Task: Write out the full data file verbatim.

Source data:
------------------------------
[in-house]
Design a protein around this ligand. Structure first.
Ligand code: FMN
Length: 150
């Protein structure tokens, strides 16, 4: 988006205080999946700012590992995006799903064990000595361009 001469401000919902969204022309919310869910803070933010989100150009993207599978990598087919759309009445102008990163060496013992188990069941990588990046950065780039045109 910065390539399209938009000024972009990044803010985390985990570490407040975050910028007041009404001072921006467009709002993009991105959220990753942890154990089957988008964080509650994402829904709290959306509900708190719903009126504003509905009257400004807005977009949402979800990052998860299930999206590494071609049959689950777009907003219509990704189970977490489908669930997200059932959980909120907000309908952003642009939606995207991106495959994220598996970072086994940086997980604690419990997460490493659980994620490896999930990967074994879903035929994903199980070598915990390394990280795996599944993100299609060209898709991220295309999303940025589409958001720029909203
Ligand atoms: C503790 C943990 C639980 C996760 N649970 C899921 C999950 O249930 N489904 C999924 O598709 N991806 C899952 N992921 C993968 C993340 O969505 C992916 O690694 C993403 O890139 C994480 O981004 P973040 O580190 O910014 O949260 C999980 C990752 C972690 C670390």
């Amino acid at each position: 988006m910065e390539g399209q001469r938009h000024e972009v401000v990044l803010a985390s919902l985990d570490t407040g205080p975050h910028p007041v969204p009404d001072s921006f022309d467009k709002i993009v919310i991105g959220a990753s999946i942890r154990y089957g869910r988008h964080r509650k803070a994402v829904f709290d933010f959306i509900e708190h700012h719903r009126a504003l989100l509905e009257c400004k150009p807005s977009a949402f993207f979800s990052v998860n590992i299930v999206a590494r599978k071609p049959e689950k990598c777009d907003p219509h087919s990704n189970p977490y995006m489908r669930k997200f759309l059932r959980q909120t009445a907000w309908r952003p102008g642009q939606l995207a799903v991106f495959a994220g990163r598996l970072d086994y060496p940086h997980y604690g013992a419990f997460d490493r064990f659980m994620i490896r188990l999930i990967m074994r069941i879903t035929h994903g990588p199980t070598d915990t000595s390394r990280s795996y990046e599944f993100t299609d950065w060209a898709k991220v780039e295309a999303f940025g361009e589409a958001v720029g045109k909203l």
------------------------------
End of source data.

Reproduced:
[in-house]
Design a protein around this ligand. Structure first.
Ligand code: FMN
Length: 150
């Protein structure tokens, strides 16, 4: 988006205080999946700012590992995006799903064990000595361009 001469401000919902969204022309919310869910803070933010989100150009993207599978990598087919759309009445102008990163060496013992188990069941990588990046950065780039045109 910065390539399209938009000024972009990044803010985390985990570490407040975050910028007041009404001072921006467009709002993009991105959220990753942890154990089957988008964080509650994402829904709290959306509900708190719903009126504003509905009257400004807005977009949402979800990052998860299930999206590494071609049959689950777009907003219509990704189970977490489908669930997200059932959980909120907000309908952003642009939606995207991106495959994220598996970072086994940086997980604690419990997460490493659980994620490896999930990967074994879903035929994903199980070598915990390394990280795996599944993100299609060209898709991220295309999303940025589409958001720029909203
Ligand atoms: C503790 C943990 C639980 C996760 N649970 C899921 C999950 O249930 N489904 C999924 O598709 N991806 C899952 N992921 C993968 C993340 O969505 C992916 O690694 C993403 O890139 C994480 O981004 P973040 O580190 O910014 O949260 C999980 C990752 C972690 C670390």
């Amino acid at each position: 988006m910065e390539g399209q001469r938009h000024e972009v401000v990044l803010a985390s919902l985990d570490t407040g205080p975050h910028p007041v969204p009404d001072s921006f022309d467009k709002i993009v919310i991105g959220a990753s999946i942890r154990y089957g869910r988008h964080r509650k803070a994402v829904f709290d933010f959306i509900e708190h700012h719903r009126a504003l989100l509905e009257c400004k150009p807005s977009a949402f993207f979800s990052v998860n590992i299930v999206a590494r599978k071609p049959e689950k990598c777009d907003p219509h087919s990704n189970p977490y995006m489908r669930k997200f759309l059932r959980q909120t009445a907000w309908r952003p102008g642009q939606l995207a799903v991106f495959a994220g990163r598996l970072d086994y060496p940086h997980y604690g013992a419990f997460d490493r064990f659980m994620i490896r188990l999930i990967m074994r069941i879903t035929h994903g990588p199980t070598d915990t000595s390394r990280s795996y990046e599944f993100t299609d950065w060209a898709k991220v780039e295309a999303f940025g361009e589409a958001v720029g045109k909203l």